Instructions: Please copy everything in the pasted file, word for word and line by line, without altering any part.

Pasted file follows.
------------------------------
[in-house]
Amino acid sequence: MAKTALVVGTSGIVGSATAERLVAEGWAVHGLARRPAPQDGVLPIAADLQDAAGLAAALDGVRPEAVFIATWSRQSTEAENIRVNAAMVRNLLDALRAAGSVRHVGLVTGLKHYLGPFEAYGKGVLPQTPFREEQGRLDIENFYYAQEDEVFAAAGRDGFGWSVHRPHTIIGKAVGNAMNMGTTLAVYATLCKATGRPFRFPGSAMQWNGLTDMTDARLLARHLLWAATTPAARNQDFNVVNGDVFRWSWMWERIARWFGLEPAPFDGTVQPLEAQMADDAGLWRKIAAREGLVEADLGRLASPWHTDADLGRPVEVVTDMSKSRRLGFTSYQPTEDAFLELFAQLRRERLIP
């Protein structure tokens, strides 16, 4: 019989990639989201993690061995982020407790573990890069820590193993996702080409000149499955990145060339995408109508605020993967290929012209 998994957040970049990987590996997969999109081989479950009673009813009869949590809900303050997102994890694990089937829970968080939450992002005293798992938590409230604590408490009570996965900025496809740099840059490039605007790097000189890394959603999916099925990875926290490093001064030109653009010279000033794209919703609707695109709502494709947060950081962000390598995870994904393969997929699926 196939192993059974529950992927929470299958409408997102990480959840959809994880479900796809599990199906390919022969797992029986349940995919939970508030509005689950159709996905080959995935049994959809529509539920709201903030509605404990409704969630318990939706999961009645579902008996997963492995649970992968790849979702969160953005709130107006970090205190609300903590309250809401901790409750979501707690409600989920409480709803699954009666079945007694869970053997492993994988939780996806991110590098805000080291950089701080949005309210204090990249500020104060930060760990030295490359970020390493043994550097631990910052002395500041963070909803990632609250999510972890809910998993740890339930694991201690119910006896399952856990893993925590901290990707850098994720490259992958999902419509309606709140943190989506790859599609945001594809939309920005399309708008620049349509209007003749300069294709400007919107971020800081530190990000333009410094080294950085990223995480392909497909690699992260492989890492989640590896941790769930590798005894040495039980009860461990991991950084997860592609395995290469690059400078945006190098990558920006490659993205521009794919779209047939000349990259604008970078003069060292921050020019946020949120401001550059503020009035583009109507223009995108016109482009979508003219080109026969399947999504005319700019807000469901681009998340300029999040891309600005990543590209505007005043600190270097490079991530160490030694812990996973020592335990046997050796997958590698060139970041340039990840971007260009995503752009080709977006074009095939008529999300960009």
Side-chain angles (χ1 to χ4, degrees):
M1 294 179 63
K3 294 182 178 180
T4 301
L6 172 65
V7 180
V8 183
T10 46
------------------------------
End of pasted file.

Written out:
[in-house]
Amino acid sequence: MAKTALVVGTSGIVGSATAERLVAEGWAVHGLARRPAPQDGVLPIAADLQDAAGLAAALDGVRPEAVFIATWSRQSTEAENIRVNAAMVRNLLDALRAAGSVRHVGLVTGLKHYLGPFEAYGKGVLPQTPFREEQGRLDIENFYYAQEDEVFAAAGRDGFGWSVHRPHTIIGKAVGNAMNMGTTLAVYATLCKATGRPFRFPGSAMQWNGLTDMTDARLLARHLLWAATTPAARNQDFNVVNGDVFRWSWMWERIARWFGLEPAPFDGTVQPLEAQMADDAGLWRKIAAREGLVEADLGRLASPWHTDADLGRPVEVVTDMSKSRRLGFTSYQPTEDAFLELFAQLRRERLIP
């Protein structure tokens, strides 16, 4: 019989990639989201993690061995982020407790573990890069820590193993996702080409000149499955990145060339995408109508605020993967290929012209 998994957040970049990987590996997969999109081989479950009673009813009869949590809900303050997102994890694990089937829970968080939450992002005293798992938590409230604590408490009570996965900025496809740099840059490039605007790097000189890394959603999916099925990875926290490093001064030109653009010279000033794209919703609707695109709502494709947060950081962000390598995870994904393969997929699926 196939192993059974529950992927929470299958409408997102990480959840959809994880479900796809599990199906390919022969797992029986349940995919939970508030509005689950159709996905080959995935049994959809529509539920709201903030509605404990409704969630318990939706999961009645579902008996997963492995649970992968790849979702969160953005709130107006970090205190609300903590309250809401901790409750979501707690409600989920409480709803699954009666079945007694869970053997492993994988939780996806991110590098805000080291950089701080949005309210204090990249500020104060930060760990030295490359970020390493043994550097631990910052002395500041963070909803990632609250999510972890809910998993740890339930694991201690119910006896399952856990893993925590901290990707850098994720490259992958999902419509309606709140943190989506790859599609945001594809939309920005399309708008620049349509209007003749300069294709400007919107971020800081530190990000333009410094080294950085990223995480392909497909690699992260492989890492989640590896941790769930590798005894040495039980009860461990991991950084997860592609395995290469690059400078945006190098990558920006490659993205521009794919779209047939000349990259604008970078003069060292921050020019946020949120401001550059503020009035583009109507223009995108016109482009979508003219080109026969399947999504005319700019807000469901681009998340300029999040891309600005990543590209505007005043600190270097490079991530160490030694812990996973020592335990046997050796997958590698060139970041340039990840971007260009995503752009080709977006074009095939008529999300960009």
Side-chain angles (χ1 to χ4, degrees):
M1 294 179 63
K3 294 182 178 180
T4 301
L6 172 65
V7 180
V8 183
T10 46